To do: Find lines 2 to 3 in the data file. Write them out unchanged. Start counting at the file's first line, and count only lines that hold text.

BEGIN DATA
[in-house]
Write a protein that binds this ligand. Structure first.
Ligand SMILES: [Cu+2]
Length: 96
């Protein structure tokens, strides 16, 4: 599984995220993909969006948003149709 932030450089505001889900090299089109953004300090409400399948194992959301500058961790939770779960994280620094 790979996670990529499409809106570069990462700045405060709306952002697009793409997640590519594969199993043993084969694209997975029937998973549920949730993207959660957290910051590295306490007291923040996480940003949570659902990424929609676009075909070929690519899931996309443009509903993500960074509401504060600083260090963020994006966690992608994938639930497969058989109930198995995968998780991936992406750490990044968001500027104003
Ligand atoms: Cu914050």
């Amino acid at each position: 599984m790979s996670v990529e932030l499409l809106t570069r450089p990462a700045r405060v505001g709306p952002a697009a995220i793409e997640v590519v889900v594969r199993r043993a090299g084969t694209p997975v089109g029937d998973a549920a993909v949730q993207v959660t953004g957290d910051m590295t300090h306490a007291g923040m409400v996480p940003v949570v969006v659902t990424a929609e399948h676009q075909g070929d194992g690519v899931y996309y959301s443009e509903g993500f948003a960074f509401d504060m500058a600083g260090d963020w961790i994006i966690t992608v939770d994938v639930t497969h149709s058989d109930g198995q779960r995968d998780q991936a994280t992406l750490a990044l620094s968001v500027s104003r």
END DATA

Write a protein that binds this ligand. Structure first.
Ligand SMILES: [Cu+2]